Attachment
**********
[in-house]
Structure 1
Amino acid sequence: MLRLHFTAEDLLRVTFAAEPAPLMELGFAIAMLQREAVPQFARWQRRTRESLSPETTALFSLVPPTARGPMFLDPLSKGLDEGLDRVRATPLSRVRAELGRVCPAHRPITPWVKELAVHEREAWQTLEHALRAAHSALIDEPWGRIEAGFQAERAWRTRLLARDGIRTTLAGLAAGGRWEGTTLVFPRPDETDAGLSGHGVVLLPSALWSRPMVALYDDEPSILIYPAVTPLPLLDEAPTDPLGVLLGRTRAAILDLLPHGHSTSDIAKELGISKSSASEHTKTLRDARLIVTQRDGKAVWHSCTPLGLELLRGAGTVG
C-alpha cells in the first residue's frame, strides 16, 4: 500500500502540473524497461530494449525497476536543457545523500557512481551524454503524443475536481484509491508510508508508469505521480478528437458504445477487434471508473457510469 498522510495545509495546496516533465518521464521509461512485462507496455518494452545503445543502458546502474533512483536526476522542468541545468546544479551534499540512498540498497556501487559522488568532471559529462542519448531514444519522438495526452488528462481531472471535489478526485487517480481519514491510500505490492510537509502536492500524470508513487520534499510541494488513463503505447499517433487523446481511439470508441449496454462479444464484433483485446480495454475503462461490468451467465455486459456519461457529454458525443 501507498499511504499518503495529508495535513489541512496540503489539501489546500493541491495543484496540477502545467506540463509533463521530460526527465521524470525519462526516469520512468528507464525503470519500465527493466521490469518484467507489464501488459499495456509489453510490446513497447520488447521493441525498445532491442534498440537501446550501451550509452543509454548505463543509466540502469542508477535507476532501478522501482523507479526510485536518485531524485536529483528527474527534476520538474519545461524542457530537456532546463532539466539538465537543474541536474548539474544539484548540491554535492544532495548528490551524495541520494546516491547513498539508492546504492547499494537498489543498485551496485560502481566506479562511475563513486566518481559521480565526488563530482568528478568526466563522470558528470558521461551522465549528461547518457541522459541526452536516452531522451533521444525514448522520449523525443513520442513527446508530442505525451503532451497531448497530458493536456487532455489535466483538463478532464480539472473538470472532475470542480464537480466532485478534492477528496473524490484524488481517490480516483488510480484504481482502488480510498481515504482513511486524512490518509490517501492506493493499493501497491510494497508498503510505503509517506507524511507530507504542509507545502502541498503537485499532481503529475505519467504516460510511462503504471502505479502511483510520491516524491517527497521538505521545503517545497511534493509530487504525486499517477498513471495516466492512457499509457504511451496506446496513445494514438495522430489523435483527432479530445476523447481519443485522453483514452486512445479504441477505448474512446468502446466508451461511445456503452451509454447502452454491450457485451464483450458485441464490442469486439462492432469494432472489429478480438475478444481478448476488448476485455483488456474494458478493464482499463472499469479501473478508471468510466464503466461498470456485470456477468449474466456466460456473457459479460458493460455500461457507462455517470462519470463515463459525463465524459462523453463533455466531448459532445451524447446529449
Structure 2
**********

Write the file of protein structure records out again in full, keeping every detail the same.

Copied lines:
[in-house]
Structure 1
Amino acid sequence: MLRLHFTAEDLLRVTFAAEPAPLMELGFAIAMLQREAVPQFARWQRRTRESLSPETTALFSLVPPTARGPMFLDPLSKGLDEGLDRVRATPLSRVRAELGRVCPAHRPITPWVKELAVHEREAWQTLEHALRAAHSALIDEPWGRIEAGFQAERAWRTRLLARDGIRTTLAGLAAGGRWEGTTLVFPRPDETDAGLSGHGVVLLPSALWSRPMVALYDDEPSILIYPAVTPLPLLDEAPTDPLGVLLGRTRAAILDLLPHGHSTSDIAKELGISKSSASEHTKTLRDARLIVTQRDGKAVWHSCTPLGLELLRGAGTVG
C-alpha cells in the first residue's frame, strides 16, 4: 500500500502540473524497461530494449525497476536543457545523500557512481551524454503524443475536481484509491508510508508508469505521480478528437458504445477487434471508473457510469 498522510495545509495546496516533465518521464521509461512485462507496455518494452545503445543502458546502474533512483536526476522542468541545468546544479551534499540512498540498497556501487559522488568532471559529462542519448531514444519522438495526452488528462481531472471535489478526485487517480481519514491510500505490492510537509502536492500524470508513487520534499510541494488513463503505447499517433487523446481511439470508441449496454462479444464484433483485446480495454475503462461490468451467465455486459456519461457529454458525443 501507498499511504499518503495529508495535513489541512496540503489539501489546500493541491495543484496540477502545467506540463509533463521530460526527465521524470525519462526516469520512468528507464525503470519500465527493466521490469518484467507489464501488459499495456509489453510490446513497447520488447521493441525498445532491442534498440537501446550501451550509452543509454548505463543509466540502469542508477535507476532501478522501482523507479526510485536518485531524485536529483528527474527534476520538474519545461524542457530537456532546463532539466539538465537543474541536474548539474544539484548540491554535492544532495548528490551524495541520494546516491547513498539508492546504492547499494537498489543498485551496485560502481566506479562511475563513486566518481559521480565526488563530482568528478568526466563522470558528470558521461551522465549528461547518457541522459541526452536516452531522451533521444525514448522520449523525443513520442513527446508530442505525451503532451497531448497530458493536456487532455489535466483538463478532464480539472473538470472532475470542480464537480466532485478534492477528496473524490484524488481517490480516483488510480484504481482502488480510498481515504482513511486524512490518509490517501492506493493499493501497491510494497508498503510505503509517506507524511507530507504542509507545502502541498503537485499532481503529475505519467504516460510511462503504471502505479502511483510520491516524491517527497521538505521545503517545497511534493509530487504525486499517477498513471495516466492512457499509457504511451496506446496513445494514438495522430489523435483527432479530445476523447481519443485522453483514452486512445479504441477505448474512446468502446466508451461511445456503452451509454447502452454491450457485451464483450458485441464490442469486439462492432469494432472489429478480438475478444481478448476488448476485455483488456474494458478493464482499463472499469479501473478508471468510466464503466461498470456485470456477468449474466456466460456473457459479460458493460455500461457507462455517470462519470463515463459525463465524459462523453463533455466531448459532445451524447446529449
Structure 2